While checking out possible wedding locations, we’d gone to a park with a view of the water. It was beautiful. We held hands, pretending to be in the middle of our vows, when I suddenly burst into ugly crying (the kind of crying where you lose every sense of propriety as you wipe your smeared eyeliner, tears, and probably a few boogers on your significant other’s favorite t-shirt). I felt like a wreck. The grief was so bad my chest physically ached.
It’s been several years now since the very last time I saw my dad, so watching all the Hallmark-y family-oriented Christmas specials no longer feels like a new form of torture and I usually get through Father’s Day okay providing I stay off Facebook. But sometimes, usually unexpectedly, the grief still manages to crash into my chest like a supersonic jet. And I’m left feeling like a little girl who only just lost her dad.
The Glaring Holes
When it came time to plan the wedding details, everyone wondered what sort of flowers I wanted and what my color scheme was. My actual wedding plan, which I only told to a few people, was pretty simple: I didn’t want to look out into the group of attendees and be able to see specifically where my dad should be sitting. I’ll know he’s not there, I’ll feel it in some measure or another regardless of whether anyone draws attention to it, but I don’t want any specific reminders. I don’t want any glaring dad holes.
Some people have suggested doing something to honor my dad at the wedding — lighting a candle, taking a moment of silence, or displaying his picture — but for me it’d just bust that hole where my dad’s supposed to be wide open. And it’s already pretty raw.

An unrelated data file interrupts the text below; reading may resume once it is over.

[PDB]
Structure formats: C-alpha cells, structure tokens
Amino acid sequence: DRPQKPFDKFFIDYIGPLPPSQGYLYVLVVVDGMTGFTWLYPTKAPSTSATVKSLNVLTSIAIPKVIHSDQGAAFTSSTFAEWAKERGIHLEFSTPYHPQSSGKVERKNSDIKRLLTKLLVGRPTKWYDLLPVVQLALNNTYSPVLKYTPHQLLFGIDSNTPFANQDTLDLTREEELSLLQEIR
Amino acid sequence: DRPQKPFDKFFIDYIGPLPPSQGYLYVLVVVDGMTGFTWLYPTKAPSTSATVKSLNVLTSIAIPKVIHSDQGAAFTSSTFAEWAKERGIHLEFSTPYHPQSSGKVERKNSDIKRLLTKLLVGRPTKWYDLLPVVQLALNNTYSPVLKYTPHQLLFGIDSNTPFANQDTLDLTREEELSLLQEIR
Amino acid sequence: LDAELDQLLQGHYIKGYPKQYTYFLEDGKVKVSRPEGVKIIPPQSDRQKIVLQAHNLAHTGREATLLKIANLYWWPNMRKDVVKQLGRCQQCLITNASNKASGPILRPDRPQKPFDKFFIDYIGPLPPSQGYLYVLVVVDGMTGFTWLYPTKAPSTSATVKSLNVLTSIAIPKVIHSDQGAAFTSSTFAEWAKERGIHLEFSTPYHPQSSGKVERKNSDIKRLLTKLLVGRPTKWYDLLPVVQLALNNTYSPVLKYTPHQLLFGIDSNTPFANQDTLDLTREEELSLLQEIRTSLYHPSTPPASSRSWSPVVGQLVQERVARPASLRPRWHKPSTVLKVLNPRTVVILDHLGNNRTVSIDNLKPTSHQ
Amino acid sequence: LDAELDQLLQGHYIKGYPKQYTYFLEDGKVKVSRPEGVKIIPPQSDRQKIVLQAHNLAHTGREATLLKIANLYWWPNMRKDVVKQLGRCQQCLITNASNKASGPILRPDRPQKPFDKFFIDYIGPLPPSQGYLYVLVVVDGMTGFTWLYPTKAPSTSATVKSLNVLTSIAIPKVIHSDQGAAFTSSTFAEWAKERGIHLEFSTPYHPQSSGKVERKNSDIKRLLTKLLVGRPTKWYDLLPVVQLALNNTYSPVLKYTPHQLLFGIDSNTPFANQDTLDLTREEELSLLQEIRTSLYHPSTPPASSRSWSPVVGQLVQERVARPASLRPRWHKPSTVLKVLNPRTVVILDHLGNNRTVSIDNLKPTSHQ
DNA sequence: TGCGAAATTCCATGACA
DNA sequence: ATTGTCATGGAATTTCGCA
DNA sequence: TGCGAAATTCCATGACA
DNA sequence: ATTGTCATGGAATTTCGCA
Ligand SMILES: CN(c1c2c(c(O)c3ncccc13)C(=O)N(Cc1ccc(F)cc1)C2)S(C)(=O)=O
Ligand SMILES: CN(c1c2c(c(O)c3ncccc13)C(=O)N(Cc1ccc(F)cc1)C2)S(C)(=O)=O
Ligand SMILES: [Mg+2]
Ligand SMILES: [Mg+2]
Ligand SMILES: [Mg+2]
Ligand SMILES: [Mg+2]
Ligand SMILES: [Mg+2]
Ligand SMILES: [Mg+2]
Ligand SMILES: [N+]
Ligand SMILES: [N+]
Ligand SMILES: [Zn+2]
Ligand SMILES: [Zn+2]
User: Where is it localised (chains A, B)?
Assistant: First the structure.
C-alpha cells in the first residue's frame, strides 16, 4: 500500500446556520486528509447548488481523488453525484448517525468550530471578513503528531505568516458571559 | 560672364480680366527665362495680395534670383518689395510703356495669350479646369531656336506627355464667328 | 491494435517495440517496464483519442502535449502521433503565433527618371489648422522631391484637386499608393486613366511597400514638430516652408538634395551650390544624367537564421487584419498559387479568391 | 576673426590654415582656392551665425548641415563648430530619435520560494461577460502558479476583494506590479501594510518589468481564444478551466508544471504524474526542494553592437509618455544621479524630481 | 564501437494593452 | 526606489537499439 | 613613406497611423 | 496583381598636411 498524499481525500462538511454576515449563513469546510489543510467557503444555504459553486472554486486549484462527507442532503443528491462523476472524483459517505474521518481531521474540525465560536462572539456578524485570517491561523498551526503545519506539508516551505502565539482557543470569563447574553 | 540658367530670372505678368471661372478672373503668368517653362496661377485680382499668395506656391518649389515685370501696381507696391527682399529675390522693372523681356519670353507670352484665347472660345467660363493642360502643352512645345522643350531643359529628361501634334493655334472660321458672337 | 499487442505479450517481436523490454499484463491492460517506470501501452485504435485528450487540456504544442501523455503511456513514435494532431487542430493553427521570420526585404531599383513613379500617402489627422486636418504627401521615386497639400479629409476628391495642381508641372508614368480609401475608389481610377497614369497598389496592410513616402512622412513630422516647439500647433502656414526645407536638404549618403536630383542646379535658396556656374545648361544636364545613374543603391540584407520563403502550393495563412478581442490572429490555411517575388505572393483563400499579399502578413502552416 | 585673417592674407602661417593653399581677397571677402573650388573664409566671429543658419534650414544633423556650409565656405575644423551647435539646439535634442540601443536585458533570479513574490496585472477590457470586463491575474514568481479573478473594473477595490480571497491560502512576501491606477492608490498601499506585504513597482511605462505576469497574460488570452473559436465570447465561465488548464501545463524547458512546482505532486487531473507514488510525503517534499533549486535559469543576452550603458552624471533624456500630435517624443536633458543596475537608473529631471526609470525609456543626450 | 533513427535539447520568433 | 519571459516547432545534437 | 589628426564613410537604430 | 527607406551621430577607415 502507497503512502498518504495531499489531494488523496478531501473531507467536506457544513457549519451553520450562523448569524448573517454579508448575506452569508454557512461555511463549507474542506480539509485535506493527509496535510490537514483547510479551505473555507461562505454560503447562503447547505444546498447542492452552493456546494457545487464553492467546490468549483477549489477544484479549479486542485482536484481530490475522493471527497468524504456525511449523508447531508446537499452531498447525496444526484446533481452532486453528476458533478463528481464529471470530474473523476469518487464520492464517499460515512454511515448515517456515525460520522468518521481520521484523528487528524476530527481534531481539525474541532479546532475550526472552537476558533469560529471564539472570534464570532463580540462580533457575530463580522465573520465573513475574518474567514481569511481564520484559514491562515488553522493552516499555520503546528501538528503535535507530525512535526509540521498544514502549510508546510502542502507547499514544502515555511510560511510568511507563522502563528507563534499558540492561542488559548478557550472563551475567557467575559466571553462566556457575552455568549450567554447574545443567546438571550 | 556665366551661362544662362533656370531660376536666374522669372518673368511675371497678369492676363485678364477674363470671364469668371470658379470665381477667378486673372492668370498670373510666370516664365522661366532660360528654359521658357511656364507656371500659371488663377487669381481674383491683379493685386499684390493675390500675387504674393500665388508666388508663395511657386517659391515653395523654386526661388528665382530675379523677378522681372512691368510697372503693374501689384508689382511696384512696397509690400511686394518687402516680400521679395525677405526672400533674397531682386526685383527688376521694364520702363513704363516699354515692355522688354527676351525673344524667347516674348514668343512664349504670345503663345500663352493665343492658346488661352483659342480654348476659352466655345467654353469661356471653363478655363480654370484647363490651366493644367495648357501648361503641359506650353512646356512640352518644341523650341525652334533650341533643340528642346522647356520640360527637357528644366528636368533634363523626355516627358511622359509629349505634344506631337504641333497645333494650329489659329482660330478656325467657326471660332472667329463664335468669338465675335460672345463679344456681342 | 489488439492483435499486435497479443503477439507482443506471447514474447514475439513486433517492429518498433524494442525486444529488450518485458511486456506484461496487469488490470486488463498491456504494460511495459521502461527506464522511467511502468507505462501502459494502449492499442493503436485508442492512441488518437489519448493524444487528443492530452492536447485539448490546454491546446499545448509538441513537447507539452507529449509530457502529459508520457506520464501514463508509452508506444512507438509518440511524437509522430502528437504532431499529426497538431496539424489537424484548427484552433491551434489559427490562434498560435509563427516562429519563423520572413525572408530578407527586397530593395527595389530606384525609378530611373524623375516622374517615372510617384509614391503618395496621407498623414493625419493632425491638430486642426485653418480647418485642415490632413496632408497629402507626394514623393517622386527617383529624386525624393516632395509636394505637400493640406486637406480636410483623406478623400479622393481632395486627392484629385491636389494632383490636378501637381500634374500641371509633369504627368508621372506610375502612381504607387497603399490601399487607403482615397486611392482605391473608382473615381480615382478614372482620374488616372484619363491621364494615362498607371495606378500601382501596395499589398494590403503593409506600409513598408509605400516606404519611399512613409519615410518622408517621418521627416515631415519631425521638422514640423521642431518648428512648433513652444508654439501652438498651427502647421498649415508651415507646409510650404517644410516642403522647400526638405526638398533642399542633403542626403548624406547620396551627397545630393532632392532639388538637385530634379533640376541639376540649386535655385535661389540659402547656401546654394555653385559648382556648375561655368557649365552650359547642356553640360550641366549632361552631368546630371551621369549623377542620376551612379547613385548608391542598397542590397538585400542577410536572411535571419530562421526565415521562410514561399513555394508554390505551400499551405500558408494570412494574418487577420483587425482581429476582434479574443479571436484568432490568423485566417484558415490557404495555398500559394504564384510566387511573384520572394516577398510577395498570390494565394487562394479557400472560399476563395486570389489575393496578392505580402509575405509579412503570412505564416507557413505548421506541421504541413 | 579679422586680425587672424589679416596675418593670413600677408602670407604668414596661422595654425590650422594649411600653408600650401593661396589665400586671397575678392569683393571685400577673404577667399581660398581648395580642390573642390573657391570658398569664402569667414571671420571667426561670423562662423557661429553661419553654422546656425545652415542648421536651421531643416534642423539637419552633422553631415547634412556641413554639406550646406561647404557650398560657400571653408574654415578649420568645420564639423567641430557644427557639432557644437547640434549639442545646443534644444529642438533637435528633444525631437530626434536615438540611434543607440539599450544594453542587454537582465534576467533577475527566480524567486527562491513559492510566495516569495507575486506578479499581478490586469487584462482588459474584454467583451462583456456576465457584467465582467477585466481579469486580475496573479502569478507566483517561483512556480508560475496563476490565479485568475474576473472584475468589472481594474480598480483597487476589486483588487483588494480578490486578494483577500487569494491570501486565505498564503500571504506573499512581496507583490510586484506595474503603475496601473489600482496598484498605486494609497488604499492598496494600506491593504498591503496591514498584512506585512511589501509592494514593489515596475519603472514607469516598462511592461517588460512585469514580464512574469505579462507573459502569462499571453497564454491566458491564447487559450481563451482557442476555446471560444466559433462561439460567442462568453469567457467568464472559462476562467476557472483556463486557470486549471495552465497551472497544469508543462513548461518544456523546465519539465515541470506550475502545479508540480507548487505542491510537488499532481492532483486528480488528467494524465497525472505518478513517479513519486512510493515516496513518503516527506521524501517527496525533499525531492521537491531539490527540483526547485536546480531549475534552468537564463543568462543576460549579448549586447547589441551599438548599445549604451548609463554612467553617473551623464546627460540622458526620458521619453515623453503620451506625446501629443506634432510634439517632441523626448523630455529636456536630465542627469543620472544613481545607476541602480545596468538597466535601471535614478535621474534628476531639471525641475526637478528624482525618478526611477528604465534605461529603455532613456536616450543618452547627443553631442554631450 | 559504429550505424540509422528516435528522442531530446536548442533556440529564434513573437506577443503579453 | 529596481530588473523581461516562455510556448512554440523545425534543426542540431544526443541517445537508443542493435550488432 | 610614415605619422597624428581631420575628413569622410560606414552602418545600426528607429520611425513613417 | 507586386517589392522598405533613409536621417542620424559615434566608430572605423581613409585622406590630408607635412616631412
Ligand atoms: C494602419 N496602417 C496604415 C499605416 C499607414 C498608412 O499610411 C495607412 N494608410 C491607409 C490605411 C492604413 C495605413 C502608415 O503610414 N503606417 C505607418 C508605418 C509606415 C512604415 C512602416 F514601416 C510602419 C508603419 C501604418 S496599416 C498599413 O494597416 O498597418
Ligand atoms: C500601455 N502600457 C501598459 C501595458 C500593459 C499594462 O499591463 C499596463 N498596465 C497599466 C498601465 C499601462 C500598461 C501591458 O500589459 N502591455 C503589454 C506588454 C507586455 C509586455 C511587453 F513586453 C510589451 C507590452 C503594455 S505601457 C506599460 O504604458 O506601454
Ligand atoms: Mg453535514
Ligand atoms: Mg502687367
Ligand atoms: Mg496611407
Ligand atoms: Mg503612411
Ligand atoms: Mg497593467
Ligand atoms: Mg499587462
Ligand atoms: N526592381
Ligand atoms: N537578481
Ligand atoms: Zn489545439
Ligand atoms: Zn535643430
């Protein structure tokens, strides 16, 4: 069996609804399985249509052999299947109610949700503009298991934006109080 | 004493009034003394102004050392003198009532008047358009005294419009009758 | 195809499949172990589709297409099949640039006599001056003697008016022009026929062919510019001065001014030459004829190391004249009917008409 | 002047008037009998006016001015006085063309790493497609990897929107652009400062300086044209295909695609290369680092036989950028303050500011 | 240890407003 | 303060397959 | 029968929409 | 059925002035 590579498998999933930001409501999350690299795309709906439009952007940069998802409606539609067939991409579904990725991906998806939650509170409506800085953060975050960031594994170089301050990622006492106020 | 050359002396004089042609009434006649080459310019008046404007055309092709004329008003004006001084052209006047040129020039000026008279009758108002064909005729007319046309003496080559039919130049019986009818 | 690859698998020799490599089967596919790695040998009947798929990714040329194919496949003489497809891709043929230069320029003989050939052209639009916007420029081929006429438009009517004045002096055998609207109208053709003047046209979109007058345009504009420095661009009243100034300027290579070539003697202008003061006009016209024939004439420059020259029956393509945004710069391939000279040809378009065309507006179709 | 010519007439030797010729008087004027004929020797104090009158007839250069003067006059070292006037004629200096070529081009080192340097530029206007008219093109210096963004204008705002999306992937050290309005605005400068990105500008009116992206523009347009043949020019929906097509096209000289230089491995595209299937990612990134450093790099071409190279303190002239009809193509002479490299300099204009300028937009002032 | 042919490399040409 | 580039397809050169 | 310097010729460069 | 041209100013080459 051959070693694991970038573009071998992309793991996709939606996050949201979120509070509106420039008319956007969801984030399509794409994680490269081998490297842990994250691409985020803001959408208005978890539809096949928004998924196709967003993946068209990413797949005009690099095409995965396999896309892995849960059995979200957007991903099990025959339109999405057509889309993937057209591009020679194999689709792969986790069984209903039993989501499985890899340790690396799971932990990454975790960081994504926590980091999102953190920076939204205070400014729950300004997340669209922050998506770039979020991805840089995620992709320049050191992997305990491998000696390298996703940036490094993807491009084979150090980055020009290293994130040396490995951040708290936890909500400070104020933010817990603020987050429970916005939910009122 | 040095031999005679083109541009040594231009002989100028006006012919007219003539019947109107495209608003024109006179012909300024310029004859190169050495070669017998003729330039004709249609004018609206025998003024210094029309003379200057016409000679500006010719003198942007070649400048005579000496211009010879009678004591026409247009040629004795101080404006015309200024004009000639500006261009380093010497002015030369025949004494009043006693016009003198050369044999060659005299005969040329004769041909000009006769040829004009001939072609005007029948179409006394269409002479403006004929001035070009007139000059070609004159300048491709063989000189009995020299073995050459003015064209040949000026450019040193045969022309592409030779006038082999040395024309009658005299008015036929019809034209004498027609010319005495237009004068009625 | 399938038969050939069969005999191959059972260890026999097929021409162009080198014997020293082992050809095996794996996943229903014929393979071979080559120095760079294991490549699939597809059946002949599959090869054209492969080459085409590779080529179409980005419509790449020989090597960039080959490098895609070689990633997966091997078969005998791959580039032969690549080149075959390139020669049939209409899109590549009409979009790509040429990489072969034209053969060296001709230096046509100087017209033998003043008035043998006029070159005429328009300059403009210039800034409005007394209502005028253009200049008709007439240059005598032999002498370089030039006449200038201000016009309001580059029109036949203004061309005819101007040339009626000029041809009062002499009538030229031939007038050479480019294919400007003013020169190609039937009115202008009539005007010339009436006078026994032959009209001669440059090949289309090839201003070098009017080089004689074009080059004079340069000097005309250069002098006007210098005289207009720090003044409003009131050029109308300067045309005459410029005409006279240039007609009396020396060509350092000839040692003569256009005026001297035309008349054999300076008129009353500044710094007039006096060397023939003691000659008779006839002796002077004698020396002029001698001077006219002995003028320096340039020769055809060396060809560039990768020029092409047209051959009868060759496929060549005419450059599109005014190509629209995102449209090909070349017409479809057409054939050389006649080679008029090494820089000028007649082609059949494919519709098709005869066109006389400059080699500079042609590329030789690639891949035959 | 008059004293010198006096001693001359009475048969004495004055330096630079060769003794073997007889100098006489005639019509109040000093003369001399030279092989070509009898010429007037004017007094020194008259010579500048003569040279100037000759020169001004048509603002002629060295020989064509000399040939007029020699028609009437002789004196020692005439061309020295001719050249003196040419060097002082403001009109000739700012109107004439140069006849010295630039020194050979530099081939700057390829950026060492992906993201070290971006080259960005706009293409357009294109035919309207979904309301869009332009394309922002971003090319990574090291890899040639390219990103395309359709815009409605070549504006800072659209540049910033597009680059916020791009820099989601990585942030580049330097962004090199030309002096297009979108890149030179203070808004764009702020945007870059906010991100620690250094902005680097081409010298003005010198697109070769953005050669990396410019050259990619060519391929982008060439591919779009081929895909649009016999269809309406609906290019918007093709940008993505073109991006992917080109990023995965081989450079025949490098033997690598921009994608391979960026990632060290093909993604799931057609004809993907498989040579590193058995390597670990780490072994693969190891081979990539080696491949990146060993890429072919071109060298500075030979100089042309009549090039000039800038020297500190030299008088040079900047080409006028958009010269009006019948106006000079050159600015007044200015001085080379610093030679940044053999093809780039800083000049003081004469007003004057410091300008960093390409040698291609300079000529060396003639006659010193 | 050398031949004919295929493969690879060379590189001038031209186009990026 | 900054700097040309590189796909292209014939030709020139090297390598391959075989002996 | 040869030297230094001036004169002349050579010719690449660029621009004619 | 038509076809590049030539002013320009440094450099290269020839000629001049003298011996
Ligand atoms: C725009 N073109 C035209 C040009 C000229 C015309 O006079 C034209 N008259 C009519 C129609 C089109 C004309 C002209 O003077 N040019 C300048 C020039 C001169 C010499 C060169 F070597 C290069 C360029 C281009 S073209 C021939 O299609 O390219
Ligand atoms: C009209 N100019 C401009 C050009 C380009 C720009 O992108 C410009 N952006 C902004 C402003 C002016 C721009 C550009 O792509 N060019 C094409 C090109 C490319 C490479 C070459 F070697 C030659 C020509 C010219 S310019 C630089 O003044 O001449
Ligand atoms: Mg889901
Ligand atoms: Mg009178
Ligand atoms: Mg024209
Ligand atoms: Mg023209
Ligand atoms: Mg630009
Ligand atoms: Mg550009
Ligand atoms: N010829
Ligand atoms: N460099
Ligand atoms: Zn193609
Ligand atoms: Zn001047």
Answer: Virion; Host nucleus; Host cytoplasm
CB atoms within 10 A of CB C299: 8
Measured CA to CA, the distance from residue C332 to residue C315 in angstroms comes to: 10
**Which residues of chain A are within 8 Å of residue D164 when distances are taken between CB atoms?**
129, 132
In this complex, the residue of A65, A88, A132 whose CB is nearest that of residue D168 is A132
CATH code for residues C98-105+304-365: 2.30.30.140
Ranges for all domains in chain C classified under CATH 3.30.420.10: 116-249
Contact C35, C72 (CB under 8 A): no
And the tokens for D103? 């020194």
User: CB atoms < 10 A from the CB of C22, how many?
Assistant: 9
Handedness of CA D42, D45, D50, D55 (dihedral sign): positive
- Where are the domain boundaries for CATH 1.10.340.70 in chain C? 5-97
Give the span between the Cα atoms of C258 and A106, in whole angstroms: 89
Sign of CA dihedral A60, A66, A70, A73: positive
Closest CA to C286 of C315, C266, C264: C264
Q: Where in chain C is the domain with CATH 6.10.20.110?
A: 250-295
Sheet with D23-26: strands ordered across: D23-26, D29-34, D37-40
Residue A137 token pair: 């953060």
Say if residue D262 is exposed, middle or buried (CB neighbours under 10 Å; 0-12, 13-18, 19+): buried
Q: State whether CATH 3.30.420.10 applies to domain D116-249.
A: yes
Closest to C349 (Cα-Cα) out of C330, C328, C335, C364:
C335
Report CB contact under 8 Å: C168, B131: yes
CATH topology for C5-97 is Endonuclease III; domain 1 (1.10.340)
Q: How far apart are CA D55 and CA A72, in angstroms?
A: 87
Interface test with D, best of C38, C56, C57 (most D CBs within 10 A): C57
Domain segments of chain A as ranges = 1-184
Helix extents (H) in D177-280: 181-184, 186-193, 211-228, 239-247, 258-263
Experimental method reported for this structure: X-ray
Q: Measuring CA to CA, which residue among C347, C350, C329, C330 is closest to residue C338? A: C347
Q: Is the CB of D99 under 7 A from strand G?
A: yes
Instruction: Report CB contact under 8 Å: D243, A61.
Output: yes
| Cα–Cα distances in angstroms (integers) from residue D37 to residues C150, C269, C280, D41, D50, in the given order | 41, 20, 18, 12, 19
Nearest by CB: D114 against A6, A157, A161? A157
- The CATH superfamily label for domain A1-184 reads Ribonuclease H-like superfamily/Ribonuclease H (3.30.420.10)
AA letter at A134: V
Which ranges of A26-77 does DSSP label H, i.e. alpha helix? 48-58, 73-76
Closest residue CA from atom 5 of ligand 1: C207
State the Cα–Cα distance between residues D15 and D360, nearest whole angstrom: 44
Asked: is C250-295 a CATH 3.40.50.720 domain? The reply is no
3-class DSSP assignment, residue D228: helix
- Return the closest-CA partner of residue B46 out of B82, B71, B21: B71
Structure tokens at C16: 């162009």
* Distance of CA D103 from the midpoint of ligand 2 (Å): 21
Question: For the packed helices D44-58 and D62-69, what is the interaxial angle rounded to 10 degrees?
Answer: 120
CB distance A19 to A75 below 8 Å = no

I’m wearing my grandma’s necklace at the wedding for my “something old” as a way of honoring and remembering her. It makes me feel closer to her, which I know is what people are hoping would happen if I did something similar regarding my dad. But that pain is still too raw for a reminder like that to be comforting, at least for now.
It’s All Pretty Messy
When I graduated from community college and expressed similar sentiments about the sadness that my dad wasn’t there, some folks told me to “cheer up” and “don’t mope.” They wanted me to snap out of it; what they didn’t understand is that grief doesn’t work like that.
While my grief isn’t usually a major fixture in my life anymore, I’ll never stop missing my daddy. And the fact that he won’t be there for my wedding provides some new elements of grief. My daddy won’t be there to give me away, dance with me, or make a speech telling me he’s proud. He won’t wave me goodbye as I drive away with my new husband. He won’t do any of his classic embarrassing things like accidentally tucking his pant leg into his sock or talking way too much about work to someone who couldn’t care less. He won’t be there at all. In fact, Dad never even got to meet my Mr. Man.
This shadow — the fact my dad is truly gone, not just unable to walk me down the aisle — gives the event some of the emotions and complexities as if I were planning both a wedding and a funeral. Death and life. Beginnings and endings. Joy and grief. It’s all there.
This doesn’t mean I’m not excited to get married — my first thought this morning was, “Only 19 more days!” But there’s still a hole. There’s grief, pain, and shadows. Because, despite what the movies and glamorous wedding photo shoots suggest, normal life in all its messy, sometimes heart-wrenching glory doesn’t take a break for weddings.